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Automotive Marketing by Area: Fixed Ops Focused

Automotive Repair Order Best Practices

Automotive Retention Rate for Dealers

Automotive Service Ads to Increase your RO

5 Automotive Service Department KPIs

Customer Retention in the Automotive Industry

Fixed Ops Digital Map for an Enhanced Experience

Increase Service Department Sales with a Winning Team

Measuring Dealership Retention and Customer Loyalty

Automotive Service Customer Retention for Dealerships

Automotive Service Customer Retention for Dealerships

Importance of Dealership Service Customer Retention

Dealerships have a renewed focus on retention efforts. Manufacturers today have replaced the Customer Satisfaction Index (CSI) surveys with a Key Performance Indicator (KPI) of retention. Retention is now the more utilized measurement of how a dealership is performing. The more a customer returns to a dealership for repeat business, the greater their lifetime value.

A single customer then becomes a more profitable venture for a dealership. It is also important to mention that a customer who returns for multiple service visits throughout owning a vehicle is much more likely to purchase their next car from that same dealership.

Automotive Service Customer Retention for Dealerships

 Identifying the customer

Identify your customers before determining which marketing strategies to implement. Active, inactive, and lost are the terminologies or phrases that we use within TVI MarketPro3. “Active” is a common term across the industry, and it refers to a customer who frequents a dealership for service over zero to twelve months.

Inactive customers fall into a 13 to 24-month window. It focuses on the second year. They have not returned for business with the dealership within this time frame.

The lost customer segment for us would be those who fall in twenty-five to forty-two months of inactivity.

The terminology is different amongst manufacturers, marketing vendors, and other consulting companies. But you will find many of us all use similar verbiage that varies based on the period of inactivity.  Defining periods of inactivity allows retention strategies to focus on keeping active customers in that same bucket.

 

How to measure customer retention in the automotive industry

Measurement of customer retention is dealership-specific. The way that we measure within TVI MarketPro3 is a simple method. We look at it as how many customers are active. We break that active customer down into visits per year.

There are manufacturers, however, that look at pay types. They look at the number of visits. For example, manufacturer A may look at the number of customer pay visits. They may require two customer pay visits over a 12-month window.

Manufacturer B may look at a sales-to-service retention calculation. From the date of a sale or certified used sale vehicle, how many customers came in within 12 months? How many came in from 13 to 18 months? Or how many came in from 19-plus months?  There is no right or wrong answer in regards to how to calculate retention. But it has to be calculated.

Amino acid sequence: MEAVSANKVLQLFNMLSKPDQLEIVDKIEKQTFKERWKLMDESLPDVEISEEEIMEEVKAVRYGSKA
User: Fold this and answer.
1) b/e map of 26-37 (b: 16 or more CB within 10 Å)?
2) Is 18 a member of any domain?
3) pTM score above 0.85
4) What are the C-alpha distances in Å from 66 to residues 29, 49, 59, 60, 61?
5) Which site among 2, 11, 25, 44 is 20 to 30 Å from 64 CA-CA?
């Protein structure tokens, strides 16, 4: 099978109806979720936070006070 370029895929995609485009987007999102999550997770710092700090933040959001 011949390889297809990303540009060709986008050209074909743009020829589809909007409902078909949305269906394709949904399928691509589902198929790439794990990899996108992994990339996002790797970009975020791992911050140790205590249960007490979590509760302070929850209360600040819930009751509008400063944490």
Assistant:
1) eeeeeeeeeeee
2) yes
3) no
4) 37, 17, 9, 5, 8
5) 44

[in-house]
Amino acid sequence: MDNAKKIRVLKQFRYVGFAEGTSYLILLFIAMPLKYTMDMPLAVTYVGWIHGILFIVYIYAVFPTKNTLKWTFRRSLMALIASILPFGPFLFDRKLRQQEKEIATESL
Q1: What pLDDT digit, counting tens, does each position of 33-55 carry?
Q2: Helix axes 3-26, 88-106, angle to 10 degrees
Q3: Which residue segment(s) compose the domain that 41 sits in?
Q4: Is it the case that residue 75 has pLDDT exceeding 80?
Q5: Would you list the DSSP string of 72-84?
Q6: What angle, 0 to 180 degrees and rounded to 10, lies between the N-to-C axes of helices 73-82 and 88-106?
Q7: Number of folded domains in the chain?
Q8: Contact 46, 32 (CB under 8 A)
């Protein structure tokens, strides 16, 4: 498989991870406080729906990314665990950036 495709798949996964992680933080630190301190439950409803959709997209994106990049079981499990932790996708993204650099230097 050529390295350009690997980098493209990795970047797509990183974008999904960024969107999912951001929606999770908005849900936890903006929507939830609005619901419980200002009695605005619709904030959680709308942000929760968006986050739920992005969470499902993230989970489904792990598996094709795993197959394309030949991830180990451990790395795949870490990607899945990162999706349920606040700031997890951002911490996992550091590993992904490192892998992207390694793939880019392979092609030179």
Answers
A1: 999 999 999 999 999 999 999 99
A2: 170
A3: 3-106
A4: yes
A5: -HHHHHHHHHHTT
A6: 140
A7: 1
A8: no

How dealers can use marketing to retain service customers

The primary strategy we use to influence customer retention is identifying the customer activity and action trends. When we see a specific period with a significant drop-off in customers, we strategize accordingly.

We would target those customers with a significant discount or an aggressive offer from a price standpoint. This offer would be time-sensitive to help attract customers. It allows a service team to earn the required number of responses or visits per year for the dealership.

 

How a service team can complement the marketing efforts for retention

Getting a customer through the door is the first step of customer retention. What a customer experiences after that is key to whether or not they will return. Service teams should complement the marketing efforts by focusing on giving the customer that wow experience. 

Your frontline workers, your advisers, and your greeters at the dealership should all be welcoming the customer with open arms. They should treat them as guests and show them around their facilities. An outstanding experience is a powerful tool for improving customer loyalty.

Refrain from overselling them for every single service due. By becoming more of an informant and educating them on their vehicle, you are more likely to gain their trust. Educate the customer on why the work you are doing is in their best interest. 

This process should never feel like a sales pitch, instead treat it for what it is. You are providing a service, and when you educate the customer, the service typically sells itself.

Customer loyalty is never just dependent on one area of a dealership. When working in unison, the marketing and service teams can be a powerful force in influencing return customers. These are strategies the adviser and service team can do to help retain customers for the long-term.

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